Managing Oracle 12C Control Files with examples

Managing Oracle 12C Control Files with examples

A control file is a small binary file that stores information such as the database name, names and locations of data files, names and locations of online redo log files, current online redo log sequence number, checkpoint information, and names and locations of RMAN backup files (if using). You can query much of the information stored in the control file from data dictionary views. This example displays the types of information stored in the control file by querying V$CONTROLFILE_RECORD_SECTION:


Table of contents[Show]


SQL> select distinct type from v$controlfile_record_section;

TYPE
----------------------------
FILENAME
TABLESPACE
RMAN CONFIGURATION
BACKUP CORRUPTION
PROXY COPY
FLASHBACK LOG

...

You can view database-related information stored in the control file via the V$DATABASE view:

SQL> select name, open_mode, created, current_scn from v$database;



NAME      OPEN_MODE            CREATED   CURRENT_SCN

--------- -------------------- --------- -----------

O12C      READ WRITE           27-SEP-14      319781

Every Oracle database 12C must have at least one control file. When you start your database in nomount mode, the instance is aware of the location of the control files from the CONTROL_FILES initialization parameter in the spfile or init.ora file. When you issue a STARTUP NOMOUNT command, Oracle reads the parameter file and starts the background processes and allocates memory structures:

-- locations of control files are known to the instance

SQL> startup nomount;

At this point, the control files haven’t been touched by any processes. When you alter your Oracle database 12C into mount mode, the control files are read and opened for use:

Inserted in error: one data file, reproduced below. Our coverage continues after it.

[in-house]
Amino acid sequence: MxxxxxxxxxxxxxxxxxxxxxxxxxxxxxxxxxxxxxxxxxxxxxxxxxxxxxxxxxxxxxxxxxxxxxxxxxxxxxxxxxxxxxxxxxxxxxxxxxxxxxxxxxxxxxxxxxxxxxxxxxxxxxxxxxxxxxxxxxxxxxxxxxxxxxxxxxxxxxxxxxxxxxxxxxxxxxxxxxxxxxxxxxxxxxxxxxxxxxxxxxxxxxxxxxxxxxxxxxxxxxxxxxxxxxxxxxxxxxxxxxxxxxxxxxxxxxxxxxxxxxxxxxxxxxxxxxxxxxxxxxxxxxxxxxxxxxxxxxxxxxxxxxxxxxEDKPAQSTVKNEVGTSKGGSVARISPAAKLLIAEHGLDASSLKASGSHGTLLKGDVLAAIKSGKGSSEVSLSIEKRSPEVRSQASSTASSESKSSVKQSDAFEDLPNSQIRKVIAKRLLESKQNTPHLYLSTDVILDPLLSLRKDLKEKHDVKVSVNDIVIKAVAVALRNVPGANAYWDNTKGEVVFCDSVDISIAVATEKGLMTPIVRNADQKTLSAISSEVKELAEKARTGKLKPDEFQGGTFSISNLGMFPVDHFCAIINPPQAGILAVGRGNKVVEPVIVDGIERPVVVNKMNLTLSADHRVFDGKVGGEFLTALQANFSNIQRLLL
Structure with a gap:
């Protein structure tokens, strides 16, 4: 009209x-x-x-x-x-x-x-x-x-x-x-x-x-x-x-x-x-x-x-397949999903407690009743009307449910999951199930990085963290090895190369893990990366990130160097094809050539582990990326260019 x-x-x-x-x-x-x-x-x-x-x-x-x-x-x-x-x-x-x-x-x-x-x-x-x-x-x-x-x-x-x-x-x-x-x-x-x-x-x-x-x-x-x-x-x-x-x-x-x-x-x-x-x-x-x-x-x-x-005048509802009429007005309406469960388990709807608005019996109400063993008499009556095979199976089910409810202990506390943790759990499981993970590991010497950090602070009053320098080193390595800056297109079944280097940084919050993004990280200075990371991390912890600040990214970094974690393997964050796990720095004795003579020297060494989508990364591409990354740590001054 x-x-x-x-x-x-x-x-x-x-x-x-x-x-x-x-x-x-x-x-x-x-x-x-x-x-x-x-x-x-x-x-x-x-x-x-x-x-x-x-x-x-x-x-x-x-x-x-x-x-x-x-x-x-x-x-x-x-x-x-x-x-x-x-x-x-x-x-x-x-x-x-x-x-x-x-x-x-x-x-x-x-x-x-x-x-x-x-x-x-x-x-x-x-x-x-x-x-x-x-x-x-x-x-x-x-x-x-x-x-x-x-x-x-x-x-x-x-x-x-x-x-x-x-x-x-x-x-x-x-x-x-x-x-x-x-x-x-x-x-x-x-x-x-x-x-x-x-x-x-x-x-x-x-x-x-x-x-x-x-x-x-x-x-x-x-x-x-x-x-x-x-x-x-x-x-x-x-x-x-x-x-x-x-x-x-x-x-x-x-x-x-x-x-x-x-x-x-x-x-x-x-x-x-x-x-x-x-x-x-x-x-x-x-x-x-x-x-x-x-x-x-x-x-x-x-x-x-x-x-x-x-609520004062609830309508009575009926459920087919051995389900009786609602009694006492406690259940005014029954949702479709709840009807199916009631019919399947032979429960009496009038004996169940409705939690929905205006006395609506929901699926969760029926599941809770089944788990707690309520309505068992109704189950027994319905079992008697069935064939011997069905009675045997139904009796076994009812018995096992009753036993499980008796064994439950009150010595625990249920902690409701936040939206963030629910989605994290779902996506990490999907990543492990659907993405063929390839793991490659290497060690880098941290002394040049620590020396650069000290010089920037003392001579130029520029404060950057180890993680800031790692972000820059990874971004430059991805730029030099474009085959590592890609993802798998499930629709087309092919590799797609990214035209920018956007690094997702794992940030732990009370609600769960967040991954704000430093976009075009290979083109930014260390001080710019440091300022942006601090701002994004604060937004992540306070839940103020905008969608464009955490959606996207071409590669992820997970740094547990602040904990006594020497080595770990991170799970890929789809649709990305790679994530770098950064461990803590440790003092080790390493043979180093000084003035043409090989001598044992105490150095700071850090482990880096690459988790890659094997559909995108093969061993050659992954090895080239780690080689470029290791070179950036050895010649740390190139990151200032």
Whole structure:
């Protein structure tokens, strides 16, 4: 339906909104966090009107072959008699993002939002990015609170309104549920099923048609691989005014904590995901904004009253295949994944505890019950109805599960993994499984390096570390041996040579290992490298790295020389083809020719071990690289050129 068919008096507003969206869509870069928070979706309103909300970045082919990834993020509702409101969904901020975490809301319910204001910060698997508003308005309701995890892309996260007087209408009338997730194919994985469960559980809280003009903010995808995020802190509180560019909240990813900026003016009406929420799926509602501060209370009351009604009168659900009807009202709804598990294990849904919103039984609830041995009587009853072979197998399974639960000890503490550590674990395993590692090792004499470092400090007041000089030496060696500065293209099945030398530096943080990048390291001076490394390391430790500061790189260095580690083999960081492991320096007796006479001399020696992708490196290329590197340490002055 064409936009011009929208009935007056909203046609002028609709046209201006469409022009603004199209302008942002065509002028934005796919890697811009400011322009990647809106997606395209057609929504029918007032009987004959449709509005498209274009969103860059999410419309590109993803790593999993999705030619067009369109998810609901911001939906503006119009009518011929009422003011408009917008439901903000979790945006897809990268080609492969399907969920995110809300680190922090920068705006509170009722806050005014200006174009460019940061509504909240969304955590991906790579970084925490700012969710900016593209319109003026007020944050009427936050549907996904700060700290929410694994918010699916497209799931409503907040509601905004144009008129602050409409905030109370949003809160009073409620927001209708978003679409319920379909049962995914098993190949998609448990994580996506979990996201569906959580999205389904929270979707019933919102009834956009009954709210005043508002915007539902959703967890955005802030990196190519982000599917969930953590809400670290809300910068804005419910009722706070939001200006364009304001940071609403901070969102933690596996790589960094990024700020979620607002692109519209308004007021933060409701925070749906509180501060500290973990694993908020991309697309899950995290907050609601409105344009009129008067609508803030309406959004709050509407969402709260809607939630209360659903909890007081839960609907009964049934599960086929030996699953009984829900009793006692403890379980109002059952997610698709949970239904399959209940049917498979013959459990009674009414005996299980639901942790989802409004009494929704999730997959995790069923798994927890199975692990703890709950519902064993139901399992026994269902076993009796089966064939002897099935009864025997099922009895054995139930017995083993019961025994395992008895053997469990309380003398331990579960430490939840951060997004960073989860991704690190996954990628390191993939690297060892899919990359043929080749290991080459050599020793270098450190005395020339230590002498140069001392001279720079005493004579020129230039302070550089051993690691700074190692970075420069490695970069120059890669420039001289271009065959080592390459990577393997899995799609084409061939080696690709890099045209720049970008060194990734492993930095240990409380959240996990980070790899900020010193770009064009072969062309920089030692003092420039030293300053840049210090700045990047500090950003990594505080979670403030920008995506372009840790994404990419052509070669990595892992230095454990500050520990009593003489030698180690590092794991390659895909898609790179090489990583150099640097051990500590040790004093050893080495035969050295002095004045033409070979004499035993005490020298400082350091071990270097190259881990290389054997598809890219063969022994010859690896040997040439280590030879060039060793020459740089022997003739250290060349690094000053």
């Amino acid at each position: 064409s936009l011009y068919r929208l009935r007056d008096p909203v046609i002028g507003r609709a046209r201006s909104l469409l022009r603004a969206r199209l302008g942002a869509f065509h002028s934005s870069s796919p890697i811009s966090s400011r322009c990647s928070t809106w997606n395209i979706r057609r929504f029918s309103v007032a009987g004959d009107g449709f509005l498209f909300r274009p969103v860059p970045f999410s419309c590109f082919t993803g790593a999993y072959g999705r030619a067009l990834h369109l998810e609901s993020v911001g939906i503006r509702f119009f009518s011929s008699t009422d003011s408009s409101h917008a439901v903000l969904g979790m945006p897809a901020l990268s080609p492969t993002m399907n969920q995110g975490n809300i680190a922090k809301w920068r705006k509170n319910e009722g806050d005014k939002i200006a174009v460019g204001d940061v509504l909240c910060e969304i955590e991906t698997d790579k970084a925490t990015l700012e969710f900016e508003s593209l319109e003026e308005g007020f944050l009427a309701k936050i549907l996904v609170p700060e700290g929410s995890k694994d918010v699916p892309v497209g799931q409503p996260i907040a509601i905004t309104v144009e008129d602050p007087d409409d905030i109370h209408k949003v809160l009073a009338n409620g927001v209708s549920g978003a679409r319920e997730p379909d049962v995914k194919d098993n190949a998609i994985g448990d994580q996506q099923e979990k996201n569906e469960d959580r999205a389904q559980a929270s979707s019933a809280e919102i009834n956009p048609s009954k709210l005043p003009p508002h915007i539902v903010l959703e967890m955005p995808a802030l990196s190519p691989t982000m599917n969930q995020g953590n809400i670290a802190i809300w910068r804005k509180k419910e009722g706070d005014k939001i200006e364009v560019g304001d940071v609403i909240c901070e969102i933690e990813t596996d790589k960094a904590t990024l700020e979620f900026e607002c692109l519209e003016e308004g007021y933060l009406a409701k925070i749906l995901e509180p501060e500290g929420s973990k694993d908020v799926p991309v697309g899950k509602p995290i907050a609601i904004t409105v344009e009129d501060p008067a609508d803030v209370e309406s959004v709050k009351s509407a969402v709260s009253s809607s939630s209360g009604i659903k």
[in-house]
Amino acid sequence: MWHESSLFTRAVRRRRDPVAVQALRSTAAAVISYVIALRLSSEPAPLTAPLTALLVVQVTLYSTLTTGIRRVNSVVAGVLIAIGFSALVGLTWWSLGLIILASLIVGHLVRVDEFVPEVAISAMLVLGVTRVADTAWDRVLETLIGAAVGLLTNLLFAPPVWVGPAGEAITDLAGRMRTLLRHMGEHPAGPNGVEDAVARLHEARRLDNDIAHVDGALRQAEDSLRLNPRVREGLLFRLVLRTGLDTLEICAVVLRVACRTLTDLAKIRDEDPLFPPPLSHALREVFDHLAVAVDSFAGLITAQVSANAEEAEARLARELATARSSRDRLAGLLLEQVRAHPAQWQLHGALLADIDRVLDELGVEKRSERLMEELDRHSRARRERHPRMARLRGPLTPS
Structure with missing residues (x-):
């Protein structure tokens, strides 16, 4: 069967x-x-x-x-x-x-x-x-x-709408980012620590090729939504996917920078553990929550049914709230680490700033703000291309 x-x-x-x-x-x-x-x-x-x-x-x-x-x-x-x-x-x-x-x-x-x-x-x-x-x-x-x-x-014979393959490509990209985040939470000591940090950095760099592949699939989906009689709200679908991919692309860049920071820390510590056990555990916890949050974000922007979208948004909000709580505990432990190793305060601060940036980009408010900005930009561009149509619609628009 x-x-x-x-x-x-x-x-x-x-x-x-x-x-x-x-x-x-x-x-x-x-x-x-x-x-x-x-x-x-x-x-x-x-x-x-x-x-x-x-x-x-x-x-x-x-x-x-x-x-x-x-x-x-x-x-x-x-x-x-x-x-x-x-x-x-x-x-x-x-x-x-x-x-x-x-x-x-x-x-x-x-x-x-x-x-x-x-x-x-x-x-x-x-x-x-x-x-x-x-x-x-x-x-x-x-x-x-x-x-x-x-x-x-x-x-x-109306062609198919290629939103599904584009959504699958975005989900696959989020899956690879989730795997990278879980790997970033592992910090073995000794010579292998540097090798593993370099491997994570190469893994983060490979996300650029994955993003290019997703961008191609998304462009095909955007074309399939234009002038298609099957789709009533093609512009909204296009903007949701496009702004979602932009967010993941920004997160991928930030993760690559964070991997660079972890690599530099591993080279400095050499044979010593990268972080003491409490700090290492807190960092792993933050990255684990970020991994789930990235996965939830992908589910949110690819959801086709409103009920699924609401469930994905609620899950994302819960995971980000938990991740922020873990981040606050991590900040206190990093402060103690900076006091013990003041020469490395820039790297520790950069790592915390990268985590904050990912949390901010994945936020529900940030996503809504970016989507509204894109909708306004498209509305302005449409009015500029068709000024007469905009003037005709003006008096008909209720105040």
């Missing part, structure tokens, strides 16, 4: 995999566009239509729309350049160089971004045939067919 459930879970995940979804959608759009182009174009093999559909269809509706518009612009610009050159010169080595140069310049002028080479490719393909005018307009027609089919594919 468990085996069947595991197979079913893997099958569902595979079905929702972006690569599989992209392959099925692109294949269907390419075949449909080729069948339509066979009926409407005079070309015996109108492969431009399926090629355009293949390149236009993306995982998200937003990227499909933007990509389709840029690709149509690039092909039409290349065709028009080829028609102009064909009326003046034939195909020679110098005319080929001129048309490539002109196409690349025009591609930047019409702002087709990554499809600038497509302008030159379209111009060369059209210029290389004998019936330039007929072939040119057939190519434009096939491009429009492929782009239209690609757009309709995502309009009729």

-- control files opened

SQL> alter database mount;

If any of the control files listed in the CONTROL_FILES initialization parameter aren’t available, then you can’t mount your database.

When you successfully mount your database, the instance is aware of the locations of the data files and online redo logs but hasn’t yet opened them. After you alter your database into open mode, the data files and online redo logs are opened:

-- datafiles and online redo logs opened

SQL> alter database open;

Image Note  Keep in mind that when you issue the STARTUP command (with no options), the previously described three phases are automatically performed in this order: nomount, mount, open. When you issue a SHUTDOWN command, the phases are reversed: close the database, unmount the control file, and stop the instance.

The control file is created when the Oracle database 12C is created. If possible you should have multiple control files stored on separate storage devices controlled by separate controllers.

After the database has been opened, Oracle will frequently write information to the control files, such as when you make any physical modifications (e.g., creating a tablespace, adding/removing/resizing a data file). Oracle writes to all control files specified by the CONTROL_FILES initialization parameter. If Oracle can’t write to one of the control files, an error is thrown:

ORA-00210: cannot open the specified control file

If one of your control files becomes unavailable, shut down your Oracle database 12c, and resolve the issue before restarting. Fixing the problem may mean resolving a storage-device failure or modifying the CONTROL_FILES initialization parameter to remove the control file entry for the control file that isn’t available.